This hierachy is what causes “bigmanism”.

Yes, that’s actually a term for a man or woman that goes around strutting and patting themselves on the back, saying “I’m a big man. Clear the road for me. I’m a big man. You should know me. I’m entitled to this and that and yours too”

At least, that’s what I’m assuming is going on in their minds when their private police disrupt traffic so that they can make their way through it.

We grew up learning that we weren’t supposed to question our elders or authorities. Even when they are the ones doing the “Authority stealing”.

But how do you change things when you are not even allowed to question?

How do we move forward

Music can be used as an effective tool to pass on information and to help people frame the right questions for issues.

“Everything that I try and do musically,” Tec said. “I want it to be for me as an individual, a snapshot of that particular moment in my life . . . I’m able to look back on those songs and say, ‘This was where I was, when I created those songs.’ The music we create is genuinely a reflection of where we are at that moment.” Chapter 10: Truth Tellers, PRESS PLAY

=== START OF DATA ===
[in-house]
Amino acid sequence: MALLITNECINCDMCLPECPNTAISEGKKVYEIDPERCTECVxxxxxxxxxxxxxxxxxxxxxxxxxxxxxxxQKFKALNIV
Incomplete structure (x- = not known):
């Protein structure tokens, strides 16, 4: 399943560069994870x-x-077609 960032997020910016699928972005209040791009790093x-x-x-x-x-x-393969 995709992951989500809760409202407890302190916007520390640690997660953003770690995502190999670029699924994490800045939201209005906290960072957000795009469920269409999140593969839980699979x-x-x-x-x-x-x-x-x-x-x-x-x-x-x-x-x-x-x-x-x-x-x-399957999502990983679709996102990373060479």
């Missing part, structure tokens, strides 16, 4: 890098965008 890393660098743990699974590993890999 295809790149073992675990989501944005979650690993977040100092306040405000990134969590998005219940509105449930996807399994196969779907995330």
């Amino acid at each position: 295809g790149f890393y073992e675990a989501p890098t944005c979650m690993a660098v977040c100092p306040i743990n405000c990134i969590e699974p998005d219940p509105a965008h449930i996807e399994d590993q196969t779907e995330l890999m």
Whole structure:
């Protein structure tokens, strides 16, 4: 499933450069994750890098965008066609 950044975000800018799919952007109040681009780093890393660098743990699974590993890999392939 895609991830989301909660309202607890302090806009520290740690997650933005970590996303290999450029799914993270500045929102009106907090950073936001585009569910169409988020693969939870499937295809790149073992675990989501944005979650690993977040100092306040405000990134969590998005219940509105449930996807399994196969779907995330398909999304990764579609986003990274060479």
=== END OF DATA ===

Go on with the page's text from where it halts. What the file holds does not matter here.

Musicians like Tec use their experience as a way to reflect what’s going on, to create dialogue, and to spark a conversation. When you have the conversation, you can start framing the right questions to solve problems in the society.

The greatest opportunity for progress is to empower the most “under-empowered” in our society.

In Nigeria and other countries, that is empowering women and the youth. Allowing them to ask questions and break away from tradition and convention.

It allows all of us to engage in the necessary dialogue that’s needed to bring about change and a more equitable world for everyone in it.

Who is Nifemi?

Hey I’m Nifemi of NapoRepublic

I help busy people fit in a creative practice to bring to bring order to their reality and help them live a more meaningful life through writing and reflection.